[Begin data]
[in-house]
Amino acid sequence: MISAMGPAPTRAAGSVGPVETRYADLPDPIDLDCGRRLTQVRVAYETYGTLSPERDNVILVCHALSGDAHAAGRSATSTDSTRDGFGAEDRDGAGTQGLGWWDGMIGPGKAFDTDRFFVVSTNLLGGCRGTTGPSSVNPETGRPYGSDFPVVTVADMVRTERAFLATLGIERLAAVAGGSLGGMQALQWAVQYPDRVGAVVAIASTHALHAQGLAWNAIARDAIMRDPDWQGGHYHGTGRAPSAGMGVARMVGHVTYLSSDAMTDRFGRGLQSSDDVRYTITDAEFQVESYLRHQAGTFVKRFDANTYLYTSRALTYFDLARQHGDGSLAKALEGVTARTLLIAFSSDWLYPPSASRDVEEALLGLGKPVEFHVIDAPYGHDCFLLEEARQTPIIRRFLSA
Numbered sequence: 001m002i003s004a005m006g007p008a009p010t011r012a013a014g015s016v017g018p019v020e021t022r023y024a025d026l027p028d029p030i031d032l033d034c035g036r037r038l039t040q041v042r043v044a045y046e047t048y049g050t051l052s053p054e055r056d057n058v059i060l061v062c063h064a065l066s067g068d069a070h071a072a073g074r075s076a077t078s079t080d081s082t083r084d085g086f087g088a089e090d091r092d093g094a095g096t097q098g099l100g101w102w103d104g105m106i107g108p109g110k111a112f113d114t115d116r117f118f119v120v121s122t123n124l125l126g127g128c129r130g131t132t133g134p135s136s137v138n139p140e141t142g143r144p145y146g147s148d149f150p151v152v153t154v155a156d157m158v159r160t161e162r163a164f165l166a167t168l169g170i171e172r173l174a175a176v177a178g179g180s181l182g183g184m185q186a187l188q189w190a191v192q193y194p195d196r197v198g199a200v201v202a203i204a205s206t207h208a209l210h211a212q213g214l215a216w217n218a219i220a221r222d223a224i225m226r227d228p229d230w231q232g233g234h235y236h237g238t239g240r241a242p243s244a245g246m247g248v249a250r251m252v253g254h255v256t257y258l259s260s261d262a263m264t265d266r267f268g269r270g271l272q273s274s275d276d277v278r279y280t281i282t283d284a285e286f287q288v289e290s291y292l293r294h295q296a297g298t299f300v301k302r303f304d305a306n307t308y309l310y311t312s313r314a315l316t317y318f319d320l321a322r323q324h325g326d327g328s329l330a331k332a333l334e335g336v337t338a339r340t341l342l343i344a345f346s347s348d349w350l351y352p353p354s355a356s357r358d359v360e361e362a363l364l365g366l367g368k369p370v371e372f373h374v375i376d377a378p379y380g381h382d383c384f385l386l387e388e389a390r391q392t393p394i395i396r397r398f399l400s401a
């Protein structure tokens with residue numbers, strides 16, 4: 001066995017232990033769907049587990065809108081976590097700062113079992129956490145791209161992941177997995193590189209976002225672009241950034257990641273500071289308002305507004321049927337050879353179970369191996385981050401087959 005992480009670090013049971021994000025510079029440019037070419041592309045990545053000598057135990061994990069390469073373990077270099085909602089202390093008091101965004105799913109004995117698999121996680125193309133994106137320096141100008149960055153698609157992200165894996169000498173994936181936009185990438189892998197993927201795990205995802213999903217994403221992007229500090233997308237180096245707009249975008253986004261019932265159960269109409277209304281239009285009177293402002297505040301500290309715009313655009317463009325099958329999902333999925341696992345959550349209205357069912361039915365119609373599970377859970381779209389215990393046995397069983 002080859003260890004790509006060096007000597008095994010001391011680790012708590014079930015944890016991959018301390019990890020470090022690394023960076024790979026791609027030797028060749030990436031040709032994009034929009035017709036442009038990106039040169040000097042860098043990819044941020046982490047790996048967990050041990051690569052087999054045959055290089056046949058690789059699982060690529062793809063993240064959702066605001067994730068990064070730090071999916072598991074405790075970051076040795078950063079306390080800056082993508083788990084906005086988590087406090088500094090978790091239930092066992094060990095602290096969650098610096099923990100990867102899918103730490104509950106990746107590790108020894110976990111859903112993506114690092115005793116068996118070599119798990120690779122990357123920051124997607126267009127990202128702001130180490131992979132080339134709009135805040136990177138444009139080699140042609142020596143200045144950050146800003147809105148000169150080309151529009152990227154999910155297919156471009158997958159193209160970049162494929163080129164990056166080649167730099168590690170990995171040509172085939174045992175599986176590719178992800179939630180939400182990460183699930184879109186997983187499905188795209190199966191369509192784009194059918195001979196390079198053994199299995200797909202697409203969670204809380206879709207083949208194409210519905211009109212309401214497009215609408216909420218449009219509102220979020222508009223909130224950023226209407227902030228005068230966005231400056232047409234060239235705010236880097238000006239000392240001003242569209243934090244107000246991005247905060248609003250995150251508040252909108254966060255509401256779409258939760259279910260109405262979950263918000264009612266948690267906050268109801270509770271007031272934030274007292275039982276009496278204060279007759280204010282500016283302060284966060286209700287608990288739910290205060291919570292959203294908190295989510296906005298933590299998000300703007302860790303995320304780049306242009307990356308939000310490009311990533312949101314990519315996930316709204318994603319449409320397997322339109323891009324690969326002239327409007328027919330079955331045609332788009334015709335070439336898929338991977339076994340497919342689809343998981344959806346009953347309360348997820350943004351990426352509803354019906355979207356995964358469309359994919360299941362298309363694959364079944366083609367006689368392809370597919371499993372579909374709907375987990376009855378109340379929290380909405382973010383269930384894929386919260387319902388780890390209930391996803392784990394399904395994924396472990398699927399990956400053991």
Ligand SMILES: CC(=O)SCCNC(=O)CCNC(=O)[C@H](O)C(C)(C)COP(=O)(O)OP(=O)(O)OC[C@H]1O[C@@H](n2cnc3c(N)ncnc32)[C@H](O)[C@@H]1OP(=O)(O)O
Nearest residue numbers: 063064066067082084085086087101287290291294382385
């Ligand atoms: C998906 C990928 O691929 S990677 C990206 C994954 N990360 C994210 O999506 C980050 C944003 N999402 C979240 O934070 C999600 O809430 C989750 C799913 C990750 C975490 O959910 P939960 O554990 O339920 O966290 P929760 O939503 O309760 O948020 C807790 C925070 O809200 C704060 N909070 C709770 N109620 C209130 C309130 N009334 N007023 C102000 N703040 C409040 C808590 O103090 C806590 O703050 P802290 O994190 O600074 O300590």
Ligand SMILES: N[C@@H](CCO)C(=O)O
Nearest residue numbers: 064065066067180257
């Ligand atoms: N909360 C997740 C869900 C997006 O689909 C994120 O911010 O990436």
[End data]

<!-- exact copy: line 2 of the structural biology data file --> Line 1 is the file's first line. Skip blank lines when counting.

Amino acid sequence: MISAMGPAPTRAAGSVGPVETRYADLPDPIDLDCGRRLTQVRVAYETYGTLSPERDNVILVCHALSGDAHAAGRSATSTDSTRDGFGAEDRDGAGTQGLGWWDGMIGPGKAFDTDRFFVVSTNLLGGCRGTTGPSSVNPETGRPYGSDFPVVTVADMVRTERAFLATLGIERLAAVAGGSLGGMQALQWAVQYPDRVGAVVAIASTHALHAQGLAWNAIARDAIMRDPDWQGGHYHGTGRAPSAGMGVARMVGHVTYLSSDAMTDRFGRGLQSSDDVRYTITDAEFQVESYLRHQAGTFVKRFDANTYLYTSRALTYFDLARQHGDGSLAKALEGVTARTLLIAFSSDWLYPPSASRDVEEALLGLGKPVEFHVIDAPYGHDCFLLEEARQTPIIRRFLSA